In Brief

Migraines and Muscles

A Tufts neurologist fingers a new suspect in the search for what causes debilitating headaches
illustration of person sitting in chair
The more pain the person endures, the more likely she—and women suffer from migraine at about twice the rate that men do—is to store tension in those jaw, neck and shoulder muscles. Illustration: Joanna Szachowska
March 10, 2016

Share

One of the things Egilius L.H. Spierings has learned over nearly 40 years of practice remains controversial in headache medicine, but it seems intuitive to anyone who has found that a shoulder massage can ease a headache.

“People’s mouths drop open when I tell them that in the headache world, there is no attention being paid to the muscles,” says Spierings, a neurologist on the staff at the Tufts Craniofacial Pain Center (see “A Holistic Approach to Treating Pain”).

About 5 percent of people suffer from daily headaches, according to a study Spierings published in the journal Headache in 2013. Among those, about half have migraine, the often-severe headache that can be accompanied by light sensitivity or seeing lights, increased sensitivity to sounds, or smelling odors. The rest suffer from tension-type headache, characterized by milder, diffuse pain in the head and sometimes in the face.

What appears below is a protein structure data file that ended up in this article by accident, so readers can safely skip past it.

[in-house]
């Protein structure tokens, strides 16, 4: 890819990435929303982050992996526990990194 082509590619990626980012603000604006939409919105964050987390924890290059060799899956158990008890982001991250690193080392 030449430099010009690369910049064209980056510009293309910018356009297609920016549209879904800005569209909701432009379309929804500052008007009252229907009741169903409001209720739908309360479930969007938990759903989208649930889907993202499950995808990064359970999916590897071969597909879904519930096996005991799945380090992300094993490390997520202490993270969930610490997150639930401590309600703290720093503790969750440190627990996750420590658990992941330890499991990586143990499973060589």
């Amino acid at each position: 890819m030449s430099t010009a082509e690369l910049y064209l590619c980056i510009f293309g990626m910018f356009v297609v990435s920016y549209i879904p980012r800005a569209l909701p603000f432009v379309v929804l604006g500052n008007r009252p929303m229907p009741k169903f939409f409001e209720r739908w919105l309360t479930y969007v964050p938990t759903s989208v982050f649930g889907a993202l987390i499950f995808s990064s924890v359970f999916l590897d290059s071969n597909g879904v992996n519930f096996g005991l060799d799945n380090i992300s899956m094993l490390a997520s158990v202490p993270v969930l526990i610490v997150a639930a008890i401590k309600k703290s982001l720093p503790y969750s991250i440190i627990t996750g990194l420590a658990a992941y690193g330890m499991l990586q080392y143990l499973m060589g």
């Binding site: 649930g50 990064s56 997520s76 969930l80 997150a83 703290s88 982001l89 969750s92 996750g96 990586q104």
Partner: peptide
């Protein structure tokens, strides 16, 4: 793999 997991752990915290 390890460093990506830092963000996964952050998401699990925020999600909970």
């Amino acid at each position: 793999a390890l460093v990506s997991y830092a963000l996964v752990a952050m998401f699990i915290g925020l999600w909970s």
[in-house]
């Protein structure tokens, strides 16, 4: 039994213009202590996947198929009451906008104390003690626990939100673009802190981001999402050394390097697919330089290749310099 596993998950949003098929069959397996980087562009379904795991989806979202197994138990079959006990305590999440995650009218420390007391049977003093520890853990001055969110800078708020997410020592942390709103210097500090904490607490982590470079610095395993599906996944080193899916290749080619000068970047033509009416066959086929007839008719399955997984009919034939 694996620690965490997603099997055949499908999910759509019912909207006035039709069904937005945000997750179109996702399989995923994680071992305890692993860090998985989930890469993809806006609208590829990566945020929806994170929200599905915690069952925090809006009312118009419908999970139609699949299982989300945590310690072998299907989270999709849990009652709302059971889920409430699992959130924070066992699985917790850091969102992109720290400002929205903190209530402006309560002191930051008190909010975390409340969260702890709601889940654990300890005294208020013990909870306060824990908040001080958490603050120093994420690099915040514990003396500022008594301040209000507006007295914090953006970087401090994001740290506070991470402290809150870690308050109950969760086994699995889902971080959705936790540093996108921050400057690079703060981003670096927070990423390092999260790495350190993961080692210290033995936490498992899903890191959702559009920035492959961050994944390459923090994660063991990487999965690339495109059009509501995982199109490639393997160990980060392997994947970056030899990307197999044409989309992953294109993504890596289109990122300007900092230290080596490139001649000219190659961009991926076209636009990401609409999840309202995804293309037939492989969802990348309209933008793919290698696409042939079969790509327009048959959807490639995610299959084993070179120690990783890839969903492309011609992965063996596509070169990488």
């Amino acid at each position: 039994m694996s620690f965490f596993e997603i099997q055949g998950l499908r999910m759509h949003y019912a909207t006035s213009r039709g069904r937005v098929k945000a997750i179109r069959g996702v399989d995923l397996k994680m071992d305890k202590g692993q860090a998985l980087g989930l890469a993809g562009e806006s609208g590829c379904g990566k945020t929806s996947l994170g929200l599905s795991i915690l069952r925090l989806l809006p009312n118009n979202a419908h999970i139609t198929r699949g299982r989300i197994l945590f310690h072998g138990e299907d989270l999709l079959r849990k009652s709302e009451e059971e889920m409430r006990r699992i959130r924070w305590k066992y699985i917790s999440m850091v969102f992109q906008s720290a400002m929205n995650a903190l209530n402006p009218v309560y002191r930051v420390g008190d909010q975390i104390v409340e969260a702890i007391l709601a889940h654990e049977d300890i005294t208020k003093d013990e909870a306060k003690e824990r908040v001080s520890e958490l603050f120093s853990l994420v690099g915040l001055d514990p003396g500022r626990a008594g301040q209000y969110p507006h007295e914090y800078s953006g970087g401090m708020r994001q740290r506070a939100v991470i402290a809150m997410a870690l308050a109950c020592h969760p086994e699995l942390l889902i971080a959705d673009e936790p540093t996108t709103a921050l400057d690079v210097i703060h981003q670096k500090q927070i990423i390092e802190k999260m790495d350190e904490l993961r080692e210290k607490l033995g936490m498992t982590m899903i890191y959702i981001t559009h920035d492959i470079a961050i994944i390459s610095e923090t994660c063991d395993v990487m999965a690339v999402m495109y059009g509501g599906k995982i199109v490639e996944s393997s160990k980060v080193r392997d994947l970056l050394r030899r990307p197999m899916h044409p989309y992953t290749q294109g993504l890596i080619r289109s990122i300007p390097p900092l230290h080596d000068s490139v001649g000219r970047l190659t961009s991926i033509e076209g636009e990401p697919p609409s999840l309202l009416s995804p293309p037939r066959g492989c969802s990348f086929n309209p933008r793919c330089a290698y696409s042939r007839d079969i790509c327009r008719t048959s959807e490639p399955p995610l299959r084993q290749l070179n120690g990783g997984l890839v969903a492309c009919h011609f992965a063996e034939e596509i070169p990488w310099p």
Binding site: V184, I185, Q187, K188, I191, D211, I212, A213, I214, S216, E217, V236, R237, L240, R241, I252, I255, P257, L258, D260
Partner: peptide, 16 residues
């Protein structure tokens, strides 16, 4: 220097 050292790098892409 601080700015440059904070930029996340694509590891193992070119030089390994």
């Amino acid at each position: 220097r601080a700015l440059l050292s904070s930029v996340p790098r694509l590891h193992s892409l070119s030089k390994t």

While migraine may get more attention from headache experts, both types of headaches have perplexing origins. Tension headache is thought to be caused by a lack of sleep, stress, hunger, thirst, eye strain or strain on the muscles of the shoulders, head and neck, usually due to bad posture. (Think sitting at your desk all day.)

Migraine is a more baffling condition. What is known is that it occurs when blood vessels in the head dilate. But Spierings is certain that just as with tension headache, stress on the muscles in the neck, jaw and shoulders may also play a role, especially in people who have frequent or long-lasting migraine headaches. The more pain the person endures, the more likely she—and women suffer from migraine at about twice the rate that men do—is to store tension in those muscles.

It’s the musculature, he points out, that dentists treat when they fit patients with an appliance to ease jaw pain caused by nighttime clenching and grinding. Headaches often accompany these habits, and sometimes they are the first, if not only, daytime symptom.

Botox, a long-acting muscle relaxant, is now used to treat chronic migraines, too. (Spierings, a pharmacologist, participated as an investigator in one of the clinical trials that led to FDA approval of Botox as a headache remedy.) “The pain is ultimately caused by the blood vessels widening,” he says. “But what drives the frequency, I think, is a muscular mechanism.” He says his findings that Botox alleviates migraine only among chronic sufferers support that conclusion.

In the quest for a more universal treatment for migraine, Spierings is among the researchers looking at targeting a chemical in the body called calcitonin gene-related peptide (CGRP) that is known to dilate blood vessels. Scientists have been able to block CGRP’s effects with a new class of drugs called anti-CGRP antibodies. The early results are promising. “It seems like a tremendous step forward,” he says.

Jacqueline Mitchell can be reached at jacqueline.mitchell@tufts.edu.

A version of this article first appeared in the Winter 2016 issue of Tufts Dental Medicine magazine.

If You Like This